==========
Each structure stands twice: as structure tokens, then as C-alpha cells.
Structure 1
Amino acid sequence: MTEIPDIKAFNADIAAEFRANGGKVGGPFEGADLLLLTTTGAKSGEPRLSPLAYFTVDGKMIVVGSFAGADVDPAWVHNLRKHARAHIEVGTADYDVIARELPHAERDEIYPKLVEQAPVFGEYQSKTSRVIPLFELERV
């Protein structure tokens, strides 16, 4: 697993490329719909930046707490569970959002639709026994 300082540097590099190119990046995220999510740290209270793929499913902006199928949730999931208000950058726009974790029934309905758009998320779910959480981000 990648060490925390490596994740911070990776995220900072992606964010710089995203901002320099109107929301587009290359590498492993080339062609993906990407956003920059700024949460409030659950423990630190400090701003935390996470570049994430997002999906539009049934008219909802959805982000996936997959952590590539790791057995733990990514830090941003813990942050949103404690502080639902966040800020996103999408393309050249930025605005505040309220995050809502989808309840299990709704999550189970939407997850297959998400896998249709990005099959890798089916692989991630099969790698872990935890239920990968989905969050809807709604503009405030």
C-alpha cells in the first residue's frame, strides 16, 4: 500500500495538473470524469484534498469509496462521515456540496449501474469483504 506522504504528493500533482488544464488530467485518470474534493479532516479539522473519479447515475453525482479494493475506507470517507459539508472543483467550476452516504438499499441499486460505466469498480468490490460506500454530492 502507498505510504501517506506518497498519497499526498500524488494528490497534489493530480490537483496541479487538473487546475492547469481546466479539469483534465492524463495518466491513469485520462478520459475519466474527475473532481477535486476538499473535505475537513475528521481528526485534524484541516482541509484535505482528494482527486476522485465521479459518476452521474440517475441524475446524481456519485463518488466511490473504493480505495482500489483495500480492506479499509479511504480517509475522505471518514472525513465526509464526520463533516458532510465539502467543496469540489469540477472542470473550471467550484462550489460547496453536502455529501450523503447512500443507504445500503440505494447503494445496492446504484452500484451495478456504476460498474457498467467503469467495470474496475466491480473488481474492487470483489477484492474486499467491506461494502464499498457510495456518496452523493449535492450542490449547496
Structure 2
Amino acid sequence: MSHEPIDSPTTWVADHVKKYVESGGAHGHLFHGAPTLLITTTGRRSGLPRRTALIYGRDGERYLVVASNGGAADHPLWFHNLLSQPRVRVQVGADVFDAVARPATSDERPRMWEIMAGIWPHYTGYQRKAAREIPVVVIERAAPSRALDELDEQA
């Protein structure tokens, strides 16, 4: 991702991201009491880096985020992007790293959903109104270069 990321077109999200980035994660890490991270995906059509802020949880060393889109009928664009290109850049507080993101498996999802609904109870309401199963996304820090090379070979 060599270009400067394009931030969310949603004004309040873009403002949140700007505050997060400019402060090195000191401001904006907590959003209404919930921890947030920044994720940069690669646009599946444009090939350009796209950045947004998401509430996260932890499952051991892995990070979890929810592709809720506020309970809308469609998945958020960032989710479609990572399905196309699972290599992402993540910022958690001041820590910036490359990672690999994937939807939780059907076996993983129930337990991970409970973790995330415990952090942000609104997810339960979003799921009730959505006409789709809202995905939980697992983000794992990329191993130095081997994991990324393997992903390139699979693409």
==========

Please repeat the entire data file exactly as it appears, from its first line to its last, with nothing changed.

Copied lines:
Each structure stands twice: as structure tokens, then as C-alpha cells.
Structure 1
Amino acid sequence: MTEIPDIKAFNADIAAEFRANGGKVGGPFEGADLLLLTTTGAKSGEPRLSPLAYFTVDGKMIVVGSFAGADVDPAWVHNLRKHARAHIEVGTADYDVIARELPHAERDEIYPKLVEQAPVFGEYQSKTSRVIPLFELERV
């Protein structure tokens, strides 16, 4: 697993490329719909930046707490569970959002639709026994 300082540097590099190119990046995220999510740290209270793929499913902006199928949730999931208000950058726009974790029934309905758009998320779910959480981000 990648060490925390490596994740911070990776995220900072992606964010710089995203901002320099109107929301587009290359590498492993080339062609993906990407956003920059700024949460409030659950423990630190400090701003935390996470570049994430997002999906539009049934008219909802959805982000996936997959952590590539790791057995733990990514830090941003813990942050949103404690502080639902966040800020996103999408393309050249930025605005505040309220995050809502989808309840299990709704999550189970939407997850297959998400896998249709990005099959890798089916692989991630099969790698872990935890239920990968989905969050809807709604503009405030």
C-alpha cells in the first residue's frame, strides 16, 4: 500500500495538473470524469484534498469509496462521515456540496449501474469483504 506522504504528493500533482488544464488530467485518470474534493479532516479539522473519479447515475453525482479494493475506507470517507459539508472543483467550476452516504438499499441499486460505466469498480468490490460506500454530492 502507498505510504501517506506518497498519497499526498500524488494528490497534489493530480490537483496541479487538473487546475492547469481546466479539469483534465492524463495518466491513469485520462478520459475519466474527475473532481477535486476538499473535505475537513475528521481528526485534524484541516482541509484535505482528494482527486476522485465521479459518476452521474440517475441524475446524481456519485463518488466511490473504493480505495482500489483495500480492506479499509479511504480517509475522505471518514472525513465526509464526520463533516458532510465539502467543496469540489469540477472542470473550471467550484462550489460547496453536502455529501450523503447512500443507504445500503440505494447503494445496492446504484452500484451495478456504476460498474457498467467503469467495470474496475466491480473488481474492487470483489477484492474486499467491506461494502464499498457510495456518496452523493449535492450542490449547496
Structure 2
Amino acid sequence: MSHEPIDSPTTWVADHVKKYVESGGAHGHLFHGAPTLLITTTGRRSGLPRRTALIYGRDGERYLVVASNGGAADHPLWFHNLLSQPRVRVQVGADVFDAVARPATSDERPRMWEIMAGIWPHYTGYQRKAAREIPVVVIERAAPSRALDELDEQA
């Protein structure tokens, strides 16, 4: 991702991201009491880096985020992007790293959903109104270069 990321077109999200980035994660890490991270995906059509802020949880060393889109009928664009290109850049507080993101498996999802609904109870309401199963996304820090090379070979 060599270009400067394009931030969310949603004004309040873009403002949140700007505050997060400019402060090195000191401001904006907590959003209404919930921890947030920044994720940069690669646009599946444009090939350009796209950045947004998401509430996260932890499952051991892995990070979890929810592709809720506020309970809308469609998945958020960032989710479609990572399905196309699972290599992402993540910022958690001041820590910036490359990672690999994937939807939780059907076996993983129930337990991970409970973790995330415990952090942000609104997810339960979003799921009730959505006409789709809202995905939980697992983000794992990329191993130095081997994991990324393997992903390139699979693409």